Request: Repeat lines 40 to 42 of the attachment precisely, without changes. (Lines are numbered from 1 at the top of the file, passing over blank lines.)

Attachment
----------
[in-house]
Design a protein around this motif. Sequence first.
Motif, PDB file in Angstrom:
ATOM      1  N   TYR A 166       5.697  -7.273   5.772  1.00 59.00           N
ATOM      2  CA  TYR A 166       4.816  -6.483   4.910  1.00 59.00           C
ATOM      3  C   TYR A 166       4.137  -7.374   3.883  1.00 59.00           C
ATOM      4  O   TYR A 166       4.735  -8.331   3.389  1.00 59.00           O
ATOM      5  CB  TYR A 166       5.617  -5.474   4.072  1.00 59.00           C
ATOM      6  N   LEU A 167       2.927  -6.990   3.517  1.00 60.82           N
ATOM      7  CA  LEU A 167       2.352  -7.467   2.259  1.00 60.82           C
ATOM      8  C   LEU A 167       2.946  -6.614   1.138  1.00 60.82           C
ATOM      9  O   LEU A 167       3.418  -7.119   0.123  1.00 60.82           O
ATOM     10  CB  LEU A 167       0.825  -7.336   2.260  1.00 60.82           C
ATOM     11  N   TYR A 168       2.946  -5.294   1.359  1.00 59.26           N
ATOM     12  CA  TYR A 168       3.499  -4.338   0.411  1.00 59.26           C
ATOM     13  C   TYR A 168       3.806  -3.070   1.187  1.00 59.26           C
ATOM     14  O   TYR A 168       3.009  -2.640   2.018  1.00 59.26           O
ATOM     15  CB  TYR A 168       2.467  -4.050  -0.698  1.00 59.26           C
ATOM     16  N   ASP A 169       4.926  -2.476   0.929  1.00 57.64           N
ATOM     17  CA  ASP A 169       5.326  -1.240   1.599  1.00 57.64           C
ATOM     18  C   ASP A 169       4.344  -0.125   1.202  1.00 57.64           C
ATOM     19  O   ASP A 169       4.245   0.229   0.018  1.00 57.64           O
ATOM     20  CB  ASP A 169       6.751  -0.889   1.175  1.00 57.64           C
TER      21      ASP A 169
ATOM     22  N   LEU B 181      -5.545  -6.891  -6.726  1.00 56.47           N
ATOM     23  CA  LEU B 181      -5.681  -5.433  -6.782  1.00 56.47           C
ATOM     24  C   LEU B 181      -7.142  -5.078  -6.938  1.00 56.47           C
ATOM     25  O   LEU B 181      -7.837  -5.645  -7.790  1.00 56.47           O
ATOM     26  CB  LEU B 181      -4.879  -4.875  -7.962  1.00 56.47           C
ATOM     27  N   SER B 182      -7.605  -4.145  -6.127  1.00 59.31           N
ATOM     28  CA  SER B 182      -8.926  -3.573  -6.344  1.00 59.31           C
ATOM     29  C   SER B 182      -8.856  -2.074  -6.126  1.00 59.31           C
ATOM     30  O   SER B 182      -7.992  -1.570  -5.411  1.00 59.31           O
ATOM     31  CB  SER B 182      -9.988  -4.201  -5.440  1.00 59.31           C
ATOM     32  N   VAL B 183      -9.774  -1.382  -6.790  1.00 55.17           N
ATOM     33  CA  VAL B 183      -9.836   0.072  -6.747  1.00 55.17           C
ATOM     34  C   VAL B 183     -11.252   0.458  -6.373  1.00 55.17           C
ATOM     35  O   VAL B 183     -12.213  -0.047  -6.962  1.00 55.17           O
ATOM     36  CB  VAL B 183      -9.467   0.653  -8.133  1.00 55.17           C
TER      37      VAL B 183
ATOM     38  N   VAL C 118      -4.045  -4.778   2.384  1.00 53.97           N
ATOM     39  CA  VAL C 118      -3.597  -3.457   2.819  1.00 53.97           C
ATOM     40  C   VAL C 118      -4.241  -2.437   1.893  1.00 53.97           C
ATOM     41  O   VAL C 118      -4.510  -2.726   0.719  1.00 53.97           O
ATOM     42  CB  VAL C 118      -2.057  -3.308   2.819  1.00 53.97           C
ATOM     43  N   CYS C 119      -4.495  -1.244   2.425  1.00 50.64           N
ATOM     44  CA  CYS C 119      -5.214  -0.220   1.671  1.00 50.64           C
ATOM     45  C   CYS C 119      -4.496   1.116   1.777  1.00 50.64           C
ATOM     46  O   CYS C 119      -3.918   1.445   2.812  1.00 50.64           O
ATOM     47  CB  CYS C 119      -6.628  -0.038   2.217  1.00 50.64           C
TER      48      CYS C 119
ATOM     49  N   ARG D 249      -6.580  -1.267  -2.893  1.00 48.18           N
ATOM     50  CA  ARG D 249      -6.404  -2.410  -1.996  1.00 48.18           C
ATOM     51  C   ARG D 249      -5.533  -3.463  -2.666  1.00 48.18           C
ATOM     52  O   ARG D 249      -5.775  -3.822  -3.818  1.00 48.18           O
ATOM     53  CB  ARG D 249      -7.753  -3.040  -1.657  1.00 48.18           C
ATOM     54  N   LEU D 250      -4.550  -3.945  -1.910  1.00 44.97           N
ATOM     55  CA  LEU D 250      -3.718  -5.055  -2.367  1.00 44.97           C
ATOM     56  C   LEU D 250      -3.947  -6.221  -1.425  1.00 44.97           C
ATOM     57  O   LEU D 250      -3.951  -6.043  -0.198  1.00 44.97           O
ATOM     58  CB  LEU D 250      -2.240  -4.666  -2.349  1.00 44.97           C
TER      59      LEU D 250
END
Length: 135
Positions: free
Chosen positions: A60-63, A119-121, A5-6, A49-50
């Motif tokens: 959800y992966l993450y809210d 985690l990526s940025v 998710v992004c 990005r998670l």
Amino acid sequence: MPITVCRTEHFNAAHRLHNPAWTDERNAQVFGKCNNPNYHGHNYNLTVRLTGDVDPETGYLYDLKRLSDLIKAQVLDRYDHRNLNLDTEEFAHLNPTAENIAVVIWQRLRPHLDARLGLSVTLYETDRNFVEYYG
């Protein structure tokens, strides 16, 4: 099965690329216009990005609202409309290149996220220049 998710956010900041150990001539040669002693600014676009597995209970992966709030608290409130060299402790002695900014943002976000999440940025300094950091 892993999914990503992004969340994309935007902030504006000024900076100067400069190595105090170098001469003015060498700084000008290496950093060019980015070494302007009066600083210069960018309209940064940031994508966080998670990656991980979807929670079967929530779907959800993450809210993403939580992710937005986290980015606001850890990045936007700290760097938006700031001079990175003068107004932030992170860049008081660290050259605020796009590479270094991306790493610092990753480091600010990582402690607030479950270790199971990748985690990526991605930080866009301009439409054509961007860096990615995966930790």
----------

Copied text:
TER      37      VAL B 183
ATOM     38  N   VAL C 118      -4.045  -4.778   2.384  1.00 53.97           N
ATOM     39  CA  VAL C 118      -3.597  -3.457   2.819  1.00 53.97           C